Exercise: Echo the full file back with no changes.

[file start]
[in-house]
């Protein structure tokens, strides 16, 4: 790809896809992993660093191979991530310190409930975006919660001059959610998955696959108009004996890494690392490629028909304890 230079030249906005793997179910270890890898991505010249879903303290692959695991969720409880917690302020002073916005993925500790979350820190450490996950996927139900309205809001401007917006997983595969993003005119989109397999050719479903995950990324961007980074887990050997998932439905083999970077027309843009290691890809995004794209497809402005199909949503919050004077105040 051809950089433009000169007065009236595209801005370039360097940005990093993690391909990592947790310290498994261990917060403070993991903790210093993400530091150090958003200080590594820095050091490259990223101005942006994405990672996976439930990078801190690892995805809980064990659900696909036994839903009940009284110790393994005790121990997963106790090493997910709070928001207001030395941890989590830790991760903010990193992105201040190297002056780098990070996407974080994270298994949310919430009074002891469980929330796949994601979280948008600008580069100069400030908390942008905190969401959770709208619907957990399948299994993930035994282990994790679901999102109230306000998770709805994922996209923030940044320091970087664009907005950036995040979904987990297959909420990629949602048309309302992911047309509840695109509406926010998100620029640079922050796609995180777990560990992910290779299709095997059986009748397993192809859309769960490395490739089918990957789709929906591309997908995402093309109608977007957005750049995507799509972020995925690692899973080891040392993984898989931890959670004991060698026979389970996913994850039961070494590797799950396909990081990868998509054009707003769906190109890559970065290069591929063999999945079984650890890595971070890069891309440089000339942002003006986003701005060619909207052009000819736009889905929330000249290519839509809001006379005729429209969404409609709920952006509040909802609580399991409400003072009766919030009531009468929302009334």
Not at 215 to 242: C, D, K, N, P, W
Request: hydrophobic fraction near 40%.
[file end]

[in-house]
């Protein structure tokens, strides 16, 4: 790809896809992993660093191979991530310190409930975006919660001059959610998955696959108009004996890494690392490629028909304890 230079030249906005793997179910270890890898991505010249879903303290692959695991969720409880917690302020002073916005993925500790979350820190450490996950996927139900309205809001401007917006997983595969993003005119989109397999050719479903995950990324961007980074887990050997998932439905083999970077027309843009290691890809995004794209497809402005199909949503919050004077105040 051809950089433009000169007065009236595209801005370039360097940005990093993690391909990592947790310290498994261990917060403070993991903790210093993400530091150090958003200080590594820095050091490259990223101005942006994405990672996976439930990078801190690892995805809980064990659900696909036994839903009940009284110790393994005790121990997963106790090493997910709070928001207001030395941890989590830790991760903010990193992105201040190297002056780098990070996407974080994270298994949310919430009074002891469980929330796949994601979280948008600008580069100069400030908390942008905190969401959770709208619907957990399948299994993930035994282990994790679901999102109230306000998770709805994922996209923030940044320091970087664009907005950036995040979904987990297959909420990629949602048309309302992911047309509840695109509406926010998100620029640079922050796609995180777990560990992910290779299709095997059986009748397993192809859309769960490395490739089918990957789709929906591309997908995402093309109608977007957005750049995507799509972020995925690692899973080891040392993984898989931890959670004991060698026979389970996913994850039961070494590797799950396909990081990868998509054009707003769906190109890559970065290069591929063999999945079984650890890595971070890069891309440089000339942002003006986003701005060619909207052009000819736009889905929330000249290519839509809001006379005729429209969404409609709920952006509040909802609580399991409400003072009766919030009531009468929302009334």
Not at 215 to 242: C, D, K, N, P, W
Request: hydrophobic fraction near 40%.